How airport security should work

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Last week I went to a conference in San Francisco. I showed up an hour and a half early to the airport, because you know, the security theater one has to go through. And this time, it sucked even more than usual.

I was pleasantly surprised initially as the line before baggage check went by pretty quickly. I then proceeded to take off my belt and shoes, empty my pockets, and take out my laptop and iPad mini from the backpack I brought with me. As I was lead towards the scanner, I asked to opt out and get a pat down, which I've done since the very beginning of the scanners being added. In all the times I've done it in the past, the procedure wasn't too bad, and didn't take that much longer. This time however, unforeseen circumstances took a good 20 minutes before someone got to me.

After the security guy felt me up, and went through my stuff, he reported a positive reading on the swab results, with a message saying I had some kind of explosive device (I got a glance of the screen, that's actually what it said)! So, I had to wait some more as the guy had to ask another employee to do the screening again. This time, I had to go into a private room and my bags had to be even more thoroughly looked through, which meant shuffling through my (semi) neatly packed clothes and then stuff them back in the bag.

Another 20 minutes in, after being groped a second time, I was finally told I was cleared to go. I spent another 10-15 minutes packing up my clothes properly, and putting things back in my bag and on myself. As I put my laptop back into my backpack, I found one of those silicone packets that comes with new stuff. I had just ordered this backpack from Amazon a few days before. That's what was probably messing up their residue detectors and they didn't even catch it! All it did is waste a lot of everyone's time and make me rush to my plane for no reason.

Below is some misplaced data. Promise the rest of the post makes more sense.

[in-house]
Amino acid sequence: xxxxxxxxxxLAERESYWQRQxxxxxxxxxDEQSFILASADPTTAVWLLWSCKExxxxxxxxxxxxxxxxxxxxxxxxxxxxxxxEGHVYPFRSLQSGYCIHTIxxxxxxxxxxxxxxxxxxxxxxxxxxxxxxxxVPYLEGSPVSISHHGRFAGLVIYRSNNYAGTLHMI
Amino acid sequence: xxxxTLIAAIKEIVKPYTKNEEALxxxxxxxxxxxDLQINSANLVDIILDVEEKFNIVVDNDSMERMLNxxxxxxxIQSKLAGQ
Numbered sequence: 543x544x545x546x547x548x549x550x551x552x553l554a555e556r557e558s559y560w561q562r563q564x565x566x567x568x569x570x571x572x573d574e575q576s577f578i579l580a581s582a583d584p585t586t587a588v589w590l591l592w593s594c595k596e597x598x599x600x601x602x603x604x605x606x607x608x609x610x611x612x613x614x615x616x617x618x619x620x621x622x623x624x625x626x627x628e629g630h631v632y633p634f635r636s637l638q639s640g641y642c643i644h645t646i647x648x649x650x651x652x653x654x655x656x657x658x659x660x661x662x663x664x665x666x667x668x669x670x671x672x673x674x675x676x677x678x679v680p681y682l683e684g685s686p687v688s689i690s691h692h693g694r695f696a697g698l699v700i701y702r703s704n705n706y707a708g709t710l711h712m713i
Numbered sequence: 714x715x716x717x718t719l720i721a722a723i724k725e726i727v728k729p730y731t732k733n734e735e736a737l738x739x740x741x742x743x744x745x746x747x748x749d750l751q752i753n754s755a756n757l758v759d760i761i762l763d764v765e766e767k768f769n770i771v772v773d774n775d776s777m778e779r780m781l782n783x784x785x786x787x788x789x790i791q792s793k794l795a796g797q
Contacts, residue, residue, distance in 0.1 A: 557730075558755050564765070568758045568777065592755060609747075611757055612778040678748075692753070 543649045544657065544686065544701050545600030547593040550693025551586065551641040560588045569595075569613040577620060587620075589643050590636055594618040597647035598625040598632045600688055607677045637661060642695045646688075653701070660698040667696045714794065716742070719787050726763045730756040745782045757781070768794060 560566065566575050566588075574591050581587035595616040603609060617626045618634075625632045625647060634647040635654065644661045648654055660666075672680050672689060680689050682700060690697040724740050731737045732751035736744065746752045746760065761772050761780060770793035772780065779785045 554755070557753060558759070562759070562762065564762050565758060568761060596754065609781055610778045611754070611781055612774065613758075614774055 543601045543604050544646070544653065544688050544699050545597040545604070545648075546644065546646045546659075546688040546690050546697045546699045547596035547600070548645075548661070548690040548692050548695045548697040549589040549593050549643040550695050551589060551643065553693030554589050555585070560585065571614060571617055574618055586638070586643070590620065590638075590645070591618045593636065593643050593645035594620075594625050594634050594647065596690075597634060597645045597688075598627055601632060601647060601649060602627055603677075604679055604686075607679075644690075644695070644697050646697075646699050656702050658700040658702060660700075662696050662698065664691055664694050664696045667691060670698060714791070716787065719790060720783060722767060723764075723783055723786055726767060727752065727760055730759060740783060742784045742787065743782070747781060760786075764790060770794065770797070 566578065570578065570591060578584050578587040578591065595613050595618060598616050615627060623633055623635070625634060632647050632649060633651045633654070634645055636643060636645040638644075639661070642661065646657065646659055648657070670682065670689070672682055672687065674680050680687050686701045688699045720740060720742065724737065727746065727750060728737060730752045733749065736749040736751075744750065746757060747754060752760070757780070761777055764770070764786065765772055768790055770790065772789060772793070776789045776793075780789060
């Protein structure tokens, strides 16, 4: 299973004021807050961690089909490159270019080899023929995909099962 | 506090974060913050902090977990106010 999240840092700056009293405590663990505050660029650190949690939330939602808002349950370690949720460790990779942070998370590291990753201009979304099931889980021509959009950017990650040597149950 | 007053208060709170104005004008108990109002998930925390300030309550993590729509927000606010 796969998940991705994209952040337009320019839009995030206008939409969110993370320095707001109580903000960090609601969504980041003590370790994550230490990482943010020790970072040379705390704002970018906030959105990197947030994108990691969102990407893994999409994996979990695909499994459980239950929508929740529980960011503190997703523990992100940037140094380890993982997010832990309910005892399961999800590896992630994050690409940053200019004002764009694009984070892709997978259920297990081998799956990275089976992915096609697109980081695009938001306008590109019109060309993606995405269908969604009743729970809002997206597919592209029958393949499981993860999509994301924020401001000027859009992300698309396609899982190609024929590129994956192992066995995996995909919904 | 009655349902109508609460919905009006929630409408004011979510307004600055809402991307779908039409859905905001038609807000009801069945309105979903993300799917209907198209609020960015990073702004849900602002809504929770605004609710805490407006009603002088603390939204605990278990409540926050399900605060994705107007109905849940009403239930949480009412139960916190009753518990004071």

Having arrived in San Francisco, I decided to go down to the Sunnyvale area to meet with a friend for dinner. Having a couple of hours to go before he finished work, I decided to stop by the Apple Visitor Center in the area. Because I hadn't yet checked into my hotel, I still had my bag of clothes and backpack with me. While there, I had a coffee at the cafe, toured the store, and bought a couple of things. I went upstairs to sit on the viewing deck area with a hot chocolate as the sun went down. I soon realized that my phone was almost out of battery and asked if there was some way I could plug it in to charge it. The Apple Store employee told me my best bet was to go downstairs and use one of the iPad stations. While down there, I told another employee what I was trying to do and they even pulled up a nearby stool for me to sit while I waited. I asked if I could use my laptop in the meantime which they were also fine with.

The key thing about this was how casual and open the employees were about me doing all of this. Especially surprising in this particular Apple Store, and especially when I had reason to appear suspicious as I went through stuff in my bags among all their untethered products sitting nearby. After a while, I noticed no one even asked me if I needed any help with anything. I took a look around the store, curious what kind of security they had. They obvisously had to have something in place. There were no cameras I was able to see anywhere. However, the sides of the store had a line of employees that wore sunglasses and didn't move from their spots. And they were generally a little bigger than the rest of the employees. They were of course watching everything that was going on and communicating with each other. This was the store's way of ensuring security while not interfering with the pleasant experience of store visitors. Even someone in my situation. (Which made me feel more comfortable having spent $40 on a t-shirt.)

Which begs the question: why can't airport security work the same way?

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Categories: Tech & Culture